Wills & Estate Planning

Sydney wills & estate planning law expertise in the palm of your hand

Protect your life’s work and take care of your loved ones

You’ve worked hard all your life, and now you want to make sure everything you’ve achieved is protected. There’s nothing wrong with that! 

Whether you’re looking to secure an inheritance for your children, dictate succession in your business, or donate to a charity, InFocus Legal can create an airtight will or estate plan.

Who we help

InFocus Legal can assist you with all the most common aspects of wills & estates law.

We’ll make sure your interests are protected and give you the confidence to make informed decisions.

Sydney wills & estate law expertise

Our knowledge of Sydney family law regulations will ensure your matter is resolved as quickly and delicately as possible

Save time

Our app will easily let you upload documents, review the progress of your matter, and receive regular updates from our team

Peace of mind

We understand the comfort that knowing your affairs are handled brings, so secure your legacy and know your loved ones will be looked after

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A will is a legal document which sets out who will receive your property when you die. As well as giving away property in your will you can appoint the person you want to be your executor to make sure the will is followed, and if you have young children you can also appoint someone to be their guardian.


When you have a valid will, you give yourself the best chance of making sure your assets go where you want them to. If you are over eighteen (18) years old you should make a will. This is particularly important if other people are financially dependent on you.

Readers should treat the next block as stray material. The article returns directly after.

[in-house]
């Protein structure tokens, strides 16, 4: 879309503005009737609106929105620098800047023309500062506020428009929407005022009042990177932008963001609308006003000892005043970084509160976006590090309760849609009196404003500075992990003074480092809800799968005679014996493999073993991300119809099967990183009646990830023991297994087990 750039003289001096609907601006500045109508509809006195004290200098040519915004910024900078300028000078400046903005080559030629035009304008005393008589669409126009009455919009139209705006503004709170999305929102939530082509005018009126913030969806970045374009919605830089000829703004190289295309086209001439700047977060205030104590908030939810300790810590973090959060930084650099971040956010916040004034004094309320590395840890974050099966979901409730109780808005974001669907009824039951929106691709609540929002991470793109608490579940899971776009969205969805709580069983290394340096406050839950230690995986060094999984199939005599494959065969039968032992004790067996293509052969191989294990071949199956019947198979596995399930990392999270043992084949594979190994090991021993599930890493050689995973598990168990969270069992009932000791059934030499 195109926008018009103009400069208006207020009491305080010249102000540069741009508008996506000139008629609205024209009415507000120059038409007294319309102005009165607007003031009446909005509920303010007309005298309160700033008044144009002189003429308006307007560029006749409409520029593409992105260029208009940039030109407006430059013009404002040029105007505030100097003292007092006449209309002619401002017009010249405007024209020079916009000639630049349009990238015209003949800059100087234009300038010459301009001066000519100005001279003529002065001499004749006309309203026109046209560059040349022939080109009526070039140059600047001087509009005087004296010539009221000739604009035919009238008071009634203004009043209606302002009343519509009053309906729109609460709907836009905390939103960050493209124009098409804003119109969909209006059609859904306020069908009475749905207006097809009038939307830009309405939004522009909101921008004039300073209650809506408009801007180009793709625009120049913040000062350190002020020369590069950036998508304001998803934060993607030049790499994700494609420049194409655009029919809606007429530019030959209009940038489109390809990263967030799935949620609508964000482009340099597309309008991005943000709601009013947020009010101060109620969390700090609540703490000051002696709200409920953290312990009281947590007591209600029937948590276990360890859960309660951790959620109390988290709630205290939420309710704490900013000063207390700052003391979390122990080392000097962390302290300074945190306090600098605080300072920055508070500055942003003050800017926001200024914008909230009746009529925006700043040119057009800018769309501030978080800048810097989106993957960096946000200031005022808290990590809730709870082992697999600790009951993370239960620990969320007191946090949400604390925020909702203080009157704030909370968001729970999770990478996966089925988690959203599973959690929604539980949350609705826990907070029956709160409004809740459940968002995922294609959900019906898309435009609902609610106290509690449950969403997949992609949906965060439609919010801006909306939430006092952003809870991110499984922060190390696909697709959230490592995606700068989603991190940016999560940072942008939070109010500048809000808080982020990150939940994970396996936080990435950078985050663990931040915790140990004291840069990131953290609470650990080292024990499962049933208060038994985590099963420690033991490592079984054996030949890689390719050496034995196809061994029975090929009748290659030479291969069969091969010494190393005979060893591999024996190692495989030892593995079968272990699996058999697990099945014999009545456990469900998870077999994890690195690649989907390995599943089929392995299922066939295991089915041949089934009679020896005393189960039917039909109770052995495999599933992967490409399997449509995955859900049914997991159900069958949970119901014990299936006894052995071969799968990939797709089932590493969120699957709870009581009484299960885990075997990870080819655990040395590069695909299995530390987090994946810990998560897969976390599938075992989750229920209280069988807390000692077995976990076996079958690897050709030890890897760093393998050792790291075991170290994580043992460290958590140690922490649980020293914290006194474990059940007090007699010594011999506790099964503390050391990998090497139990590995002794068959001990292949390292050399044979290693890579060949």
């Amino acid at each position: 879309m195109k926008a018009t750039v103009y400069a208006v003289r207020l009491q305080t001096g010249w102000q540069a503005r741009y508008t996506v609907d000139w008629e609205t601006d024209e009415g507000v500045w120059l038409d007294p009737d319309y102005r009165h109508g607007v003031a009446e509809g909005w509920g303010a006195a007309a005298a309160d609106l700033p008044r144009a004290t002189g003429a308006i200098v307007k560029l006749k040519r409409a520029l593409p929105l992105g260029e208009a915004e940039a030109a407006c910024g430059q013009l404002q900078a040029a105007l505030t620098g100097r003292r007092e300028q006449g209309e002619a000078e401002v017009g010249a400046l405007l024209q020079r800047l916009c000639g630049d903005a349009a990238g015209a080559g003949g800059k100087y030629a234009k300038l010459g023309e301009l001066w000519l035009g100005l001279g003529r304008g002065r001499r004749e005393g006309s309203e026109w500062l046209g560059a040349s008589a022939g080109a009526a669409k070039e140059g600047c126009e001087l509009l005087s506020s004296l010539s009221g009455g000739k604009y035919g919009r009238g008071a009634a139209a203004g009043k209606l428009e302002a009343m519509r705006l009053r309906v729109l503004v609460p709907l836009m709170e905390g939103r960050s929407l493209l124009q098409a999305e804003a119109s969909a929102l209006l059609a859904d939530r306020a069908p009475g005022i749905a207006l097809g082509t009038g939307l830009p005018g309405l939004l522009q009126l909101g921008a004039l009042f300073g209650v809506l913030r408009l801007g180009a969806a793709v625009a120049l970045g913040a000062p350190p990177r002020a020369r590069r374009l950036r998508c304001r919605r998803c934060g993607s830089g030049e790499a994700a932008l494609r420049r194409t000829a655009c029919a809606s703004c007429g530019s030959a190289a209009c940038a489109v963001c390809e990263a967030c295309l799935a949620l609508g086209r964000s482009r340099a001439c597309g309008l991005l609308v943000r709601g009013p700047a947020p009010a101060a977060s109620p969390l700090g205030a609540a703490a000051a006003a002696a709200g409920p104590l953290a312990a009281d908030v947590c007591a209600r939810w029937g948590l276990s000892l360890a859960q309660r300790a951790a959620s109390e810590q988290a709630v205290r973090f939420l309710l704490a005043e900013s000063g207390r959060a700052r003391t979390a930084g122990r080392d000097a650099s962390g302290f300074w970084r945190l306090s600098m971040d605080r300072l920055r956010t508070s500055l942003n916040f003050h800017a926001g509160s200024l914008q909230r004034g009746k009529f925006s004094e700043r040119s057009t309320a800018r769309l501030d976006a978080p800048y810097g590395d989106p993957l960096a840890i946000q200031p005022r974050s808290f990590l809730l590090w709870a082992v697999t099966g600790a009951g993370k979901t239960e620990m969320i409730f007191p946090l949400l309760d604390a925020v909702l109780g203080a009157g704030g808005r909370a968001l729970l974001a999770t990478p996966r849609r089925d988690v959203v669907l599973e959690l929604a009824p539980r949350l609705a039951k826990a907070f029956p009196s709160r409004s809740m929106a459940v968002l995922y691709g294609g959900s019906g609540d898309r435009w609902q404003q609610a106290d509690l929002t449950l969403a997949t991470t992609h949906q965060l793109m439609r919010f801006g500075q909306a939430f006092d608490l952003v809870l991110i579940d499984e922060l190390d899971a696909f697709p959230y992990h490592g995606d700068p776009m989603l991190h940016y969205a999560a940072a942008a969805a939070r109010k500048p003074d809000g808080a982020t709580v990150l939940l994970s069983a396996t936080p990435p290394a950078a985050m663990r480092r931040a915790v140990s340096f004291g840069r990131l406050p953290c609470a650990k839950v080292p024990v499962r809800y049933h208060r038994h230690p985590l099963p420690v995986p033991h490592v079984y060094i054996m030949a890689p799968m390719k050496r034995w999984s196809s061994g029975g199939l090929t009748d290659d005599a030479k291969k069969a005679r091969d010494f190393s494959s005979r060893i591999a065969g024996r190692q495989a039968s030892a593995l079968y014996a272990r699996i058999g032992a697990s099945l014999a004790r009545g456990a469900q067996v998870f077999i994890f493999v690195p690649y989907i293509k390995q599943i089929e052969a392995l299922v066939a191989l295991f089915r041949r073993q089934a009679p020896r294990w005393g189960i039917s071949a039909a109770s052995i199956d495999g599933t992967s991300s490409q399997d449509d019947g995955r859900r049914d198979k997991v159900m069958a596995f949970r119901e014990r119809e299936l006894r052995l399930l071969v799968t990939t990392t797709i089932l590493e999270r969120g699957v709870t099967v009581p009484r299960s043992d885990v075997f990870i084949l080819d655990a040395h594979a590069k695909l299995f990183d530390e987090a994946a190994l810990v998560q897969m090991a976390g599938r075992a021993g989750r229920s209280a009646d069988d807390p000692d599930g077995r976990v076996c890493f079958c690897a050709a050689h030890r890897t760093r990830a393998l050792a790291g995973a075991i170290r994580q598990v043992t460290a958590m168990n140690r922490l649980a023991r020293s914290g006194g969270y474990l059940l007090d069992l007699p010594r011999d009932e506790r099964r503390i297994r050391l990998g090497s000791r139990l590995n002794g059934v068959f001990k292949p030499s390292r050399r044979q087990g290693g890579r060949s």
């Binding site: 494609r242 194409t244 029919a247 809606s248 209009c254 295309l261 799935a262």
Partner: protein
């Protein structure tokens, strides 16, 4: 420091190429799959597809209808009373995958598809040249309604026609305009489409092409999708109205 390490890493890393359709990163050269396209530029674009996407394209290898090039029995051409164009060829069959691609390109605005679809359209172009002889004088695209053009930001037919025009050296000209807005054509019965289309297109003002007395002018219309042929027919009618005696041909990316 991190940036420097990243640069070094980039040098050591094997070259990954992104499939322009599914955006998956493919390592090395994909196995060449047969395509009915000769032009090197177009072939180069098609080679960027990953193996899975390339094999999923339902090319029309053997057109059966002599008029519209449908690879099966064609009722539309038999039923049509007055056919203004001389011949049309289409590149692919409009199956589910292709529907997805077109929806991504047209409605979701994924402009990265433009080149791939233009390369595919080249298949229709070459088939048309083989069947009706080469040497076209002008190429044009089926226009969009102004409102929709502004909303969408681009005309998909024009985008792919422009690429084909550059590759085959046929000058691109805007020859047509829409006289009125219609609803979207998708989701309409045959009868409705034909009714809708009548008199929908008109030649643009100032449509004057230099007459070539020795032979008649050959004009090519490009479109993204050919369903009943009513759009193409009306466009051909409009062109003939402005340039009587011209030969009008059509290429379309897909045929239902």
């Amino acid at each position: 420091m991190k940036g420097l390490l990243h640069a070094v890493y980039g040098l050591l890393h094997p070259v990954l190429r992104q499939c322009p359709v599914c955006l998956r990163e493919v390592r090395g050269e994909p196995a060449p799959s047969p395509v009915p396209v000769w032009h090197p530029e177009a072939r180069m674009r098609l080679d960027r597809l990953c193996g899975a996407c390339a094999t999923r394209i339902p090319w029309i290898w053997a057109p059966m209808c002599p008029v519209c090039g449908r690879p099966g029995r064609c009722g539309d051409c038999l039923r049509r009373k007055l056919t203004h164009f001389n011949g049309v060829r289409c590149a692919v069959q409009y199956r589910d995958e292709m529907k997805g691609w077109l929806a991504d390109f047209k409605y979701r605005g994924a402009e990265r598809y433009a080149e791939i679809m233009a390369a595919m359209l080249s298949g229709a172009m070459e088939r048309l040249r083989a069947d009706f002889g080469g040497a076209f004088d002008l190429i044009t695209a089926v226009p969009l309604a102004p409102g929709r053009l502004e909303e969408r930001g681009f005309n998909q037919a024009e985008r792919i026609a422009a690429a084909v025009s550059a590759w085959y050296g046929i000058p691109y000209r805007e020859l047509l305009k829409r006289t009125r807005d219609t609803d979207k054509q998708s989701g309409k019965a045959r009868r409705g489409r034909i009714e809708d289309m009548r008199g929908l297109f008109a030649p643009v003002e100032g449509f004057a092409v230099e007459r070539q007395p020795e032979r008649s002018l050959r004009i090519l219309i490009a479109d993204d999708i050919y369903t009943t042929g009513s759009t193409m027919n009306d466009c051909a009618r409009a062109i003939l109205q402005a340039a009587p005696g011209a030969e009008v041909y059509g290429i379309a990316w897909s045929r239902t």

A will generally needs three things to be valid:

  • It must be in writing (whether handwritten, typed or printed)
  • It must be signed and should be dated, and
  • Your signature must be witnessed by two other people who also need to sign the will.

Even when the will seems to be valid, sometimes it can be challenged. It might be challenged, for example, if you did not know or understand what you were signing, or if you were forced to sign against your will.

If you die without a valid will (known legally as ‘dying intestate’) a standard formula is used to distribute your property and possessions. Usually, this means all your assets will pass to your spouse or children.


But the situation becomes much more complex if you have a legal spouse and a de facto spouse (i.e. you’ve separated and have a new unmarried partner), if you have children from different relationships, or if you die with no spouse and no children.


The standard formula only takes into account certain family members. So having a valid will is vital if you do not have close family members or want to leave gifts to friends or charities

When you make a will you’ll need to appoint an executor, who will handle your affairs when you die. You can name more than one executor, but it is important to choose people who will be willing and able to work with each other.


An executor’s role is to obtain probate, pay your debts, and distribute your assets in line with your will.


Before you nominate someone as executor or trustee, you should make sure they’re comfortable taking on the responsibility you’re giving them. It’s often a good idea to appoint someone younger than you, or to nominate an alternative executor, in case the one you have appointed dies before you do. It is also important to choose someone you trust, who will take responsibility for ensuring that your estate is properly administered.